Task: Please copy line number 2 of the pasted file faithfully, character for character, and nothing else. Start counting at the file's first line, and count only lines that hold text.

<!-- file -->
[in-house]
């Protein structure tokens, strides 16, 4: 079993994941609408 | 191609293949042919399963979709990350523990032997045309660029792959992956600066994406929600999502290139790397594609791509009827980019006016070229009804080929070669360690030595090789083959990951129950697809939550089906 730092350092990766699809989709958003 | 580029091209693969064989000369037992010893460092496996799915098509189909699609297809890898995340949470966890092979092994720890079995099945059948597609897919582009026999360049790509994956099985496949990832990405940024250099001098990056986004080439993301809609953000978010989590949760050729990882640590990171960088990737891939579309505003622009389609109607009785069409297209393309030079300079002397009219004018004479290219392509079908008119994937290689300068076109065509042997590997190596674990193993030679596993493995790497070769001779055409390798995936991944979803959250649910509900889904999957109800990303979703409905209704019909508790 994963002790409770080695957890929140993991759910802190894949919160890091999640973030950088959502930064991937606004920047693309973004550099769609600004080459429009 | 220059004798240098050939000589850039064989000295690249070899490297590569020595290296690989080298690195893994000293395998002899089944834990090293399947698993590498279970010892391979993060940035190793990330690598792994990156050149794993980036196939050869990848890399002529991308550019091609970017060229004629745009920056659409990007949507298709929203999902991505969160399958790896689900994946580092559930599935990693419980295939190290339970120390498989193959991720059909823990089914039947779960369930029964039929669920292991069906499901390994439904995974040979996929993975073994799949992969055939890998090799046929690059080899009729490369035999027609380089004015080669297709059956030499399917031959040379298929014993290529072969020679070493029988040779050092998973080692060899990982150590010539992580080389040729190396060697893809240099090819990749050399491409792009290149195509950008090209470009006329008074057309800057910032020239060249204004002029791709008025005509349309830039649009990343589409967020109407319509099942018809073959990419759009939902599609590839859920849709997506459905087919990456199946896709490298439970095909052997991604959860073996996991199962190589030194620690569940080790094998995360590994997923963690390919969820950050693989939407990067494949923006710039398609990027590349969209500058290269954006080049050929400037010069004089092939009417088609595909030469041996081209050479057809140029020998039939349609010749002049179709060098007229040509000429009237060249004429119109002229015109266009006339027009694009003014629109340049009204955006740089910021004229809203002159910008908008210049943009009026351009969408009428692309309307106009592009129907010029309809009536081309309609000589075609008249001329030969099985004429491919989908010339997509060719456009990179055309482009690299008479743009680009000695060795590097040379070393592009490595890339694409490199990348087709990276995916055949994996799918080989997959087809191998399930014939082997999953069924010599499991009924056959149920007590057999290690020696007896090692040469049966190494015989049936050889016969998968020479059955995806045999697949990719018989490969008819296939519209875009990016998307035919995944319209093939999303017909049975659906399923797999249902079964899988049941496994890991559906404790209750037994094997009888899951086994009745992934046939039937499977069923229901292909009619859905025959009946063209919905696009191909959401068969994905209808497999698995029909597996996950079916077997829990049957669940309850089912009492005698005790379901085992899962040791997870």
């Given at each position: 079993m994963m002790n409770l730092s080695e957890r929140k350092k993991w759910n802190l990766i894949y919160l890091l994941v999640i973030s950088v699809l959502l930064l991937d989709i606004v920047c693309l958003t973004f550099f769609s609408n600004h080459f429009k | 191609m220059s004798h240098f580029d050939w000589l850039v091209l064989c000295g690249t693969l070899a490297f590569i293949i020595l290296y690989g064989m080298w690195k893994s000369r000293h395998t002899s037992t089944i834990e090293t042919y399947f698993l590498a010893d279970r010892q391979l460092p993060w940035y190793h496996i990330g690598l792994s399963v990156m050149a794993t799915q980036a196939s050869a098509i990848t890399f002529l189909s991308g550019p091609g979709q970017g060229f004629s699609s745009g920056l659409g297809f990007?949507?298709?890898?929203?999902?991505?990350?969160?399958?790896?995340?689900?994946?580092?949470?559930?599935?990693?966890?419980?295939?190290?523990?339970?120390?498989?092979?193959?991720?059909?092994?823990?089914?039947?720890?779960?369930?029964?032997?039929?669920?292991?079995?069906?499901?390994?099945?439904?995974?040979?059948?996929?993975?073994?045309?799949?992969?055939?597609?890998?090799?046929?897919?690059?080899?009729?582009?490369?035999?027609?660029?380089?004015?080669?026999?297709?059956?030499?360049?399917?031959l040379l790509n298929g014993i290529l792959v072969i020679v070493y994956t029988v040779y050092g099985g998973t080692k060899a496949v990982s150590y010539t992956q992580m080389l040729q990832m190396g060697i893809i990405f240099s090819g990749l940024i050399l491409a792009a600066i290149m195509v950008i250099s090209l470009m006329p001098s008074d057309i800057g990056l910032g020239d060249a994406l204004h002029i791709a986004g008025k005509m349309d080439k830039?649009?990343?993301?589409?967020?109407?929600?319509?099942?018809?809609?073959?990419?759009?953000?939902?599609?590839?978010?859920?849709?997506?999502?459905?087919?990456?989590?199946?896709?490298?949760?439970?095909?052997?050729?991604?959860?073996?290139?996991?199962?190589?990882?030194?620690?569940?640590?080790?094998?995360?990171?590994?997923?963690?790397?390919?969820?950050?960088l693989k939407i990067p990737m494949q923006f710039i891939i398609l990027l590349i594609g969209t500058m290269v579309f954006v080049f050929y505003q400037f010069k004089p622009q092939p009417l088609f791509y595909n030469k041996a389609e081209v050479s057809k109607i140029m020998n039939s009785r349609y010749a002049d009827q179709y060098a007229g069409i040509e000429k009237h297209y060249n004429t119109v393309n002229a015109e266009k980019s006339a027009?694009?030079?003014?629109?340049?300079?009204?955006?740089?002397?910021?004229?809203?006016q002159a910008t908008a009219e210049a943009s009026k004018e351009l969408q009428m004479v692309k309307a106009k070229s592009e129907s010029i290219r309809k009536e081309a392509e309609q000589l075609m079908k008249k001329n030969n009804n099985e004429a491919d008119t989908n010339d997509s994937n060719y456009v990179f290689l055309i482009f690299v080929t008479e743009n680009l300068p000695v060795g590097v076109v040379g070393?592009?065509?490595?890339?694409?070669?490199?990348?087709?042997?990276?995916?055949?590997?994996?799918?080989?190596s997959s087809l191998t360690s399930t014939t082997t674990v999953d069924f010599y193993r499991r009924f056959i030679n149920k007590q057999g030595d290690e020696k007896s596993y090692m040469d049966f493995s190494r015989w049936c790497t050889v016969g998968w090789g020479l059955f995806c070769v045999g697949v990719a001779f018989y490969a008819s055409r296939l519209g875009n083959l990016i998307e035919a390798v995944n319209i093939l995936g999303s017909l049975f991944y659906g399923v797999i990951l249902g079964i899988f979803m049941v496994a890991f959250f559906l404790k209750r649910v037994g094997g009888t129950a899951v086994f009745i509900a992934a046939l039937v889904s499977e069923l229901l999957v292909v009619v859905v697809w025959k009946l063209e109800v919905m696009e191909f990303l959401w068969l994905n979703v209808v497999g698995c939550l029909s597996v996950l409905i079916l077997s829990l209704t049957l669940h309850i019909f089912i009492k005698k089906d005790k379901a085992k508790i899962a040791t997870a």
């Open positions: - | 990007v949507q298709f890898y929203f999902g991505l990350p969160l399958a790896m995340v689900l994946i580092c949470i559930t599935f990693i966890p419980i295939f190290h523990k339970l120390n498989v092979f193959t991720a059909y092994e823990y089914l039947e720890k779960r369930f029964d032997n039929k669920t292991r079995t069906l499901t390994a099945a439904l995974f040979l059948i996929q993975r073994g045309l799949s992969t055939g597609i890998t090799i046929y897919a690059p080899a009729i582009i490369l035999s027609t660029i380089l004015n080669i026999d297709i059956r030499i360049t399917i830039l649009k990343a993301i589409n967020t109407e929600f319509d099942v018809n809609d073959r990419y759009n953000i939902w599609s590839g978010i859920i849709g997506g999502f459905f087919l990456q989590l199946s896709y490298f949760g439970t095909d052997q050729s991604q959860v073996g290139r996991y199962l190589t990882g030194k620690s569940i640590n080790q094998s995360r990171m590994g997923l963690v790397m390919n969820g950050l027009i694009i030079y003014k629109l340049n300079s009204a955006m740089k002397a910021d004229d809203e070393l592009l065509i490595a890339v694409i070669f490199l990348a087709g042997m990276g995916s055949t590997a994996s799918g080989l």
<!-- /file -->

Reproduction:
């Protein structure tokens, strides 16, 4: 079993994941609408 | 191609293949042919399963979709990350523990032997045309660029792959992956600066994406929600999502290139790397594609791509009827980019006016070229009804080929070669360690030595090789083959990951129950697809939550089906 730092350092990766699809989709958003 | 580029091209693969064989000369037992010893460092496996799915098509189909699609297809890898995340949470966890092979092994720890079995099945059948597609897919582009026999360049790509994956099985496949990832990405940024250099001098990056986004080439993301809609953000978010989590949760050729990882640590990171960088990737891939579309505003622009389609109607009785069409297209393309030079300079002397009219004018004479290219392509079908008119994937290689300068076109065509042997590997190596674990193993030679596993493995790497070769001779055409390798995936991944979803959250649910509900889904999957109800990303979703409905209704019909508790 994963002790409770080695957890929140993991759910802190894949919160890091999640973030950088959502930064991937606004920047693309973004550099769609600004080459429009 | 220059004798240098050939000589850039064989000295690249070899490297590569020595290296690989080298690195893994000293395998002899089944834990090293399947698993590498279970010892391979993060940035190793990330690598792994990156050149794993980036196939050869990848890399002529991308550019091609970017060229004629745009920056659409990007949507298709929203999902991505969160399958790896689900994946580092559930599935990693419980295939190290339970120390498989193959991720059909823990089914039947779960369930029964039929669920292991069906499901390994439904995974040979996929993975073994799949992969055939890998090799046929690059080899009729490369035999027609380089004015080669297709059956030499399917031959040379298929014993290529072969020679070493029988040779050092998973080692060899990982150590010539992580080389040729190396060697893809240099090819990749050399491409792009290149195509950008090209470009006329008074057309800057910032020239060249204004002029791709008025005509349309830039649009990343589409967020109407319509099942018809073959990419759009939902599609590839859920849709997506459905087919990456199946896709490298439970095909052997991604959860073996996991199962190589030194620690569940080790094998995360590994997923963690390919969820950050693989939407990067494949923006710039398609990027590349969209500058290269954006080049050929400037010069004089092939009417088609595909030469041996081209050479057809140029020998039939349609010749002049179709060098007229040509000429009237060249004429119109002229015109266009006339027009694009003014629109340049009204955006740089910021004229809203002159910008908008210049943009009026351009969408009428692309309307106009592009129907010029309809009536081309309609000589075609008249001329030969099985004429491919989908010339997509060719456009990179055309482009690299008479743009680009000695060795590097040379070393592009490595890339694409490199990348087709990276995916055949994996799918080989997959087809191998399930014939082997999953069924010599499991009924056959149920007590057999290690020696007896090692040469049966190494015989049936050889016969998968020479059955995806045999697949990719018989490969008819296939519209875009990016998307035919995944319209093939999303017909049975659906399923797999249902079964899988049941496994890991559906404790209750037994094997009888899951086994009745992934046939039937499977069923229901292909009619859905025959009946063209919905696009191909959401068969994905209808497999698995029909597996996950079916077997829990049957669940309850089912009492005698005790379901085992899962040791997870």